When an incumbent Congressman representing 711, 815 Californians in our Fourth District, comes to Oakhurst and well under 50 folks show up for his widely promoted "Town Meeting Hall" - something's up. All that was missing was the chirping of crickets. I have no idea what or why.
But such was the case April 23 at Oakhurst Elementary School as Congressman Tom McClintock (R- Elk Grove) came to town.
I briefly and pleasantly spoke with Mr. McClintock prior to the start of proceedings. He referenced the fact he was familiar with questions concerning his tenure raised in my Sierra Star column of April 17, and assured me he was prepared to address them in his talk. Other than concern expressed over last year's costly governmental shutdown of Yosemite, he pretty much ignored the rest.
With national interest suddenly focused on our district thanks to an Easter Sunday article in the New York Times about Art Moore's Republican challenge to McClintock in this year's race, I couldn't help but raise my hand Wednesday to introduce that issue, as well.
McClintock's response was a somewhat bristling "Peter, as I said, this is not a political meeting."
Remaining puzzled even now by exactly what that was supposed to mean and what I might have missed in his introductory comments which seemed to define exactly the opposite, he was still kind enough to offer a fairly involved accounting of anecdotal examples citing Democrats who were going to challenge him, only to drop out several "at the last minute."
Even more puzzling is how an articulate man of obvious intelligence can maintain a perfectly straight face when he pronounces such inane craziness as "the government taking over one-sixth of our economy" with The Affordable Care Act. That's astoundingly wrong.
All in all, nothing truly important, innovative or even interesting came down last week, but I salute Representative McClintock for coming by and energetically staging his full presentation as advertised, despite what must have been deeply disappointing attendance.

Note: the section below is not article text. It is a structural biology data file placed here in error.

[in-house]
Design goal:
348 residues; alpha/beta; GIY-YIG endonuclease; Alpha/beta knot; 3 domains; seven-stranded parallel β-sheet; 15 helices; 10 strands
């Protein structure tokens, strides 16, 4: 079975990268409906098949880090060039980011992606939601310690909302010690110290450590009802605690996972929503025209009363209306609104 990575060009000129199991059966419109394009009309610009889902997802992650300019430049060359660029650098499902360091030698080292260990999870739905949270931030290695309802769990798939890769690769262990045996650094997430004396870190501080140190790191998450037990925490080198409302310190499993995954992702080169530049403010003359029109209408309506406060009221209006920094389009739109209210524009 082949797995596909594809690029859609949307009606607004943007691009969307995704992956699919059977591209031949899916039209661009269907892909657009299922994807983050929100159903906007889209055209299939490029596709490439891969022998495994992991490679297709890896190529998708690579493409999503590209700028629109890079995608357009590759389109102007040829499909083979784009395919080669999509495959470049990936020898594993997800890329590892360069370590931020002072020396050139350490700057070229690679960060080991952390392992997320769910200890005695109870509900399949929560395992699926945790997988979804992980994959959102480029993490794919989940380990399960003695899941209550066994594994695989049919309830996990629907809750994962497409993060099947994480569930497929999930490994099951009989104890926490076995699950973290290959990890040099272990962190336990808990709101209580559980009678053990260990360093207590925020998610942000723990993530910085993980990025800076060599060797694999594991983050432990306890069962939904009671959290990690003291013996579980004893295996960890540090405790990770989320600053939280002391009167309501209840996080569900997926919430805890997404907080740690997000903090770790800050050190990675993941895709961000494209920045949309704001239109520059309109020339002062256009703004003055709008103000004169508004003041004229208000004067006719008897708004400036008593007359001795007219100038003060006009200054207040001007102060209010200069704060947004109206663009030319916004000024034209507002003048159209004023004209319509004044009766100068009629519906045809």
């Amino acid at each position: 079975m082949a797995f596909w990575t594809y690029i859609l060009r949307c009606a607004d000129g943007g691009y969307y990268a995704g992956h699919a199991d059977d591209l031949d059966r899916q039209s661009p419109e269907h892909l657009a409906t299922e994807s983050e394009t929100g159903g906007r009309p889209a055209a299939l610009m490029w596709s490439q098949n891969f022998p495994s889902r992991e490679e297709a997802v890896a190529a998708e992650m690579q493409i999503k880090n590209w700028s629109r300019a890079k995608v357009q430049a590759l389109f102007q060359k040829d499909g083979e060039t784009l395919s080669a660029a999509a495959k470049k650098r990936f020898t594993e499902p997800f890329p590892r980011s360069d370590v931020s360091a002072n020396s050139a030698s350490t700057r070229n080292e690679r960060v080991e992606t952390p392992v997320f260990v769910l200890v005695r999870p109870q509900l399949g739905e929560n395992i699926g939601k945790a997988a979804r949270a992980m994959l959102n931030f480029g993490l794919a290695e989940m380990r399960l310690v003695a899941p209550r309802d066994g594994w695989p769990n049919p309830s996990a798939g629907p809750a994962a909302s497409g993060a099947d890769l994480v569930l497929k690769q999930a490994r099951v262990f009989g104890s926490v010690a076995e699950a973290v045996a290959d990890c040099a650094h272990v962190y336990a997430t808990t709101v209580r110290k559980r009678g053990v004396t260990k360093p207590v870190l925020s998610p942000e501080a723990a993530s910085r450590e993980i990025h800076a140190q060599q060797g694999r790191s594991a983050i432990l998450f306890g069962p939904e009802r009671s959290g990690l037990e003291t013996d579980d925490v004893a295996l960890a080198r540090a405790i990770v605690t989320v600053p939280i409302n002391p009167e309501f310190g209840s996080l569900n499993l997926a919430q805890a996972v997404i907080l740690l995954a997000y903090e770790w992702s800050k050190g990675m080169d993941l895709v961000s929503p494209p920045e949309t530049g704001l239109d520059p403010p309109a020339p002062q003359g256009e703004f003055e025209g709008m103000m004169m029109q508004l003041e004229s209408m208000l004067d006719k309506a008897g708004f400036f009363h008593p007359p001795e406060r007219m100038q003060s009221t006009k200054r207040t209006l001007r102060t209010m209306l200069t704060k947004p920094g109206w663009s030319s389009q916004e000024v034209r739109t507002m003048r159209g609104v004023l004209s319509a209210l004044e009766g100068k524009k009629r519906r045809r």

What we all should have been talking about was "Capital in the 21st Century" by French economist Thomas Piketty, still the hottest selling book on Amazon.com, remaining a solid No. 1 last week after spending its first 40 days in the Top 100.
Piketty reviews data from 20 countries spanning decades of economic trends and patterns as far back as the 18th century. Ultimately, extreme inequality stirs deep divisions of discontent that severely undermine democratic values, not only here in America, but around the globe. Piketty doesn't believe capitalism is doomed or that ever-rising imbalance is inevitable, but argues solutions cannot be independent of politics. He feels both the left and right should examine powerful solutions mutually agreeable and cooperatively obtainable.
Right now, here at home, Piketty writes: "In terms of income generated by work, the level of inequality in the United States is probably higher than in any other society in the past, anywhere in the world. If current trends continue, the consequences for the long-term dynamics of wealth distribution are potentially terrifying."
I've just ordered a copy of the book for Mr. McClintock. Next time in Oakhurst, it would be extraordinary hearing him explain how, among the 20 most highly developed nations on earth, the United States indisputably has the most extreme wealth concentration of all. The top 10% of our population are holding 75.4% of the goodies and that's not because the rest of us aren't working harder than ever just keeping the bills paid, the kids in school and the dog fed.
But we all have our challenges, even Congressman McClintock. It's hard discussing fair play when one represents the rich.